A Quickie With Lisa Marie: We Are Your Friends (dir by Max Joseph)


We_Are_Your_Friends

So, this morning, I read some of the harsh reviews that mainstream critics have given the new film We Are Your Friends and I have to admit that I’m starting to get a little ticked off.

That’s not to say that We Are Your Friends is a very good movie.  I saw it last night with my BFF Evelyn and we enjoyed it but mostly, that was because we talked through almost the entire movie.  And yes, I know that it’s rude to talk through a movie but seriously, the theater was nearly deserted.  When we bought our tickets, there was a huge crowd of people gathered outside the theater but it turns out that they were all buying tickets for War Room.

Anyway, We Are Your Friends tells the story of Cole (Zac Efron), a DJ who lives with three idiot friends (who are so identical to the group from Entourage that one of them is even named Squirrel).  He spends his days working at a mortgage company and his nights DJing.  Then he meets James (Wes Bentley), a formerly great DJ who is on his way down.  James takes Cole under his wing and mentors him and teaches him how to get a room dancing.  But, Cole ends up falling in love with James’s abused girlfriend, Sophie (Emily Ratajkowski), which leads to… well, it leads to exactly what you think it’s going to lead to.  Storywise, We Are Your Friends is not going to win any points for originality.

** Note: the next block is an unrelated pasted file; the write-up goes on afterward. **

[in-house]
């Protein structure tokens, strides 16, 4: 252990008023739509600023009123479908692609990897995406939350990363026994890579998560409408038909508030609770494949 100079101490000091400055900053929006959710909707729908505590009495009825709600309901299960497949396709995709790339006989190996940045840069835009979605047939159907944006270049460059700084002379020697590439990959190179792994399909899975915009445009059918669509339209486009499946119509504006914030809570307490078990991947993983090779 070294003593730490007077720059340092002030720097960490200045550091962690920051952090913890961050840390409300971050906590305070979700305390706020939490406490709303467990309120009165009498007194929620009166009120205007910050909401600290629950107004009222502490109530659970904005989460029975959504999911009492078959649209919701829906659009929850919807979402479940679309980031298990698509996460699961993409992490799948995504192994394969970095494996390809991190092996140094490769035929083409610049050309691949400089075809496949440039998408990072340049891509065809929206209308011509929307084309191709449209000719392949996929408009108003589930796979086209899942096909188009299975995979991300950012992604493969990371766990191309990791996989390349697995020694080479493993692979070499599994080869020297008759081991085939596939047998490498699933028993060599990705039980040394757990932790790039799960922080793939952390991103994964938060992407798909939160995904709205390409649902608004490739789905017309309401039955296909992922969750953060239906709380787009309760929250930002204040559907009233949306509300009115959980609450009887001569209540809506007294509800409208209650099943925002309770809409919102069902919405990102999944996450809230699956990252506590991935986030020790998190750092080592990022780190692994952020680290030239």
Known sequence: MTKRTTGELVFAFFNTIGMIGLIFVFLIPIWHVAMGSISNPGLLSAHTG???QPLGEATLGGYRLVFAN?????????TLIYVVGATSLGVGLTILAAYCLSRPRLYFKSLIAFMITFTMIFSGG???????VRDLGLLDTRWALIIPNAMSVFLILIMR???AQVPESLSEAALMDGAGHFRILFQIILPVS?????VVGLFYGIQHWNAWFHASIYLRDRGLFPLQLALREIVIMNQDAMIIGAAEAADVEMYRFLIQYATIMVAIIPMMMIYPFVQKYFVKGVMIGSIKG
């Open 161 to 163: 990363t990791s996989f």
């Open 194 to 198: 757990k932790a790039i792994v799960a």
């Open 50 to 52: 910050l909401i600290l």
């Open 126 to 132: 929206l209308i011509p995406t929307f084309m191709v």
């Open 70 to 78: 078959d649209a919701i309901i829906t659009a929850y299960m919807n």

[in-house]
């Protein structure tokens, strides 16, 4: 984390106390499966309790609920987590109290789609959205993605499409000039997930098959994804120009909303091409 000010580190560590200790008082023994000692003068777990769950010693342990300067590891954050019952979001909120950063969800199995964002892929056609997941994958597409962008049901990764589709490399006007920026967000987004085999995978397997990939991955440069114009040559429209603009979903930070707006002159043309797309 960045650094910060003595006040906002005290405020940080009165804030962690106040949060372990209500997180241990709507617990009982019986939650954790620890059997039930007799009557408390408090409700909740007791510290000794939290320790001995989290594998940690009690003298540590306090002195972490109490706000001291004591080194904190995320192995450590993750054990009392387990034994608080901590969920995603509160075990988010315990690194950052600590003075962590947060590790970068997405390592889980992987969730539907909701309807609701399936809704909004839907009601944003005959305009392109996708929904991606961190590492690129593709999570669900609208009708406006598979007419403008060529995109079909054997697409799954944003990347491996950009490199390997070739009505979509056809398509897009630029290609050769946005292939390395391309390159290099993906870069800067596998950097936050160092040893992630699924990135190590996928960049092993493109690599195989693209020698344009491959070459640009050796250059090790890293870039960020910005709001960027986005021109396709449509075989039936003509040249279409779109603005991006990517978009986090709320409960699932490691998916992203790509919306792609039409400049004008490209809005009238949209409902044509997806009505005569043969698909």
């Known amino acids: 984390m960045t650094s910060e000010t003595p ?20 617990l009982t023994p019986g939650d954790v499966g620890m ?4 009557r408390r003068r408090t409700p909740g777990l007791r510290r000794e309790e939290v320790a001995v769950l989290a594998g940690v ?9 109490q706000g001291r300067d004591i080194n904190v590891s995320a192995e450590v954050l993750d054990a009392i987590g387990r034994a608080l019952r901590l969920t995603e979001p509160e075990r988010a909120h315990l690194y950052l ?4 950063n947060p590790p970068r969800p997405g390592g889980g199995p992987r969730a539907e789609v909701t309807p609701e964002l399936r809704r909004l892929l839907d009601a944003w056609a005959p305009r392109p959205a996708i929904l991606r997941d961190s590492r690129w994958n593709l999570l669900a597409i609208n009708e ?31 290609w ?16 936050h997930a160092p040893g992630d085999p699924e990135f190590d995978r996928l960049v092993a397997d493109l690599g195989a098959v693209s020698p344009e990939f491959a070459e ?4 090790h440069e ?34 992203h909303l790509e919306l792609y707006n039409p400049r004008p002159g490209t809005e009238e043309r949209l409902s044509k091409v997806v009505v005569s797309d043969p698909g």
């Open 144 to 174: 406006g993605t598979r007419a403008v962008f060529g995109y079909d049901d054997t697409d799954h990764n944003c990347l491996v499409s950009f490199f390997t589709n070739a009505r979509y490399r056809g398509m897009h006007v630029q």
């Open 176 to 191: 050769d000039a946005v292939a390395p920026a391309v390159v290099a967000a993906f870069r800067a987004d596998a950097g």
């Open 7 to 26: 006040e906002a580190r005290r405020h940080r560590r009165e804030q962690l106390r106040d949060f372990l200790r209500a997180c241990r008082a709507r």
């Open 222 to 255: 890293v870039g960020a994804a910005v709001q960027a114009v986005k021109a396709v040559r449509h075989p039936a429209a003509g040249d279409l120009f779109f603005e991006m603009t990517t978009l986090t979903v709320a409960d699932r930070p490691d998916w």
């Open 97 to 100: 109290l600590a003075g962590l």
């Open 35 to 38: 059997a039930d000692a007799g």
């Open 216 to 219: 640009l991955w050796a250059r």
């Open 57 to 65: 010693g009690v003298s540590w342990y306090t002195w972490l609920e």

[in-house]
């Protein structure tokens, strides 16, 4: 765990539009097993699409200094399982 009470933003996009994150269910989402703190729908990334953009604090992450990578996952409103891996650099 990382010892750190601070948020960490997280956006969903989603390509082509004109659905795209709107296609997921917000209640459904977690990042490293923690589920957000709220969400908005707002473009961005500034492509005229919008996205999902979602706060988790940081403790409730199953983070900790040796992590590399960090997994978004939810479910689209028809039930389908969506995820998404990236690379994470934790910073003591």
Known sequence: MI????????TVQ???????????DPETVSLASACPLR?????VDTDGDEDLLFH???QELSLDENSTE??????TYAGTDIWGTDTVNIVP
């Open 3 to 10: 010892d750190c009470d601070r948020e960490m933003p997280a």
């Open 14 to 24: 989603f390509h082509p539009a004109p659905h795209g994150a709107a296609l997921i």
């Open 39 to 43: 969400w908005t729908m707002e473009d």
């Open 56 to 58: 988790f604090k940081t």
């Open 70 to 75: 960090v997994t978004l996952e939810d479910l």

While we were watching the movie, Evelyn and I agreed that Zac Efron is a strange actor.  I mean, yes, he’s hot and yes, he’s talented enough that he can walk while delivering his lines but, at the same time, his dramatic performances always feel oddly empty.  You watch him and you get the feeling that he’s still trying way too hard to prove that there’s more to him than just High School Musical.  He’s like the guy who you have crush on until you actually get to know him and discover that, beyond his looks, he’s really not that interesting.  Efron always seems to be putting in a lot of effort but, whenever you watch one of his performances, you get the feeling that there’s not much going on underneath the beautiful surface.  For all intents and purposes, Zac Efron is the anti-Gosling.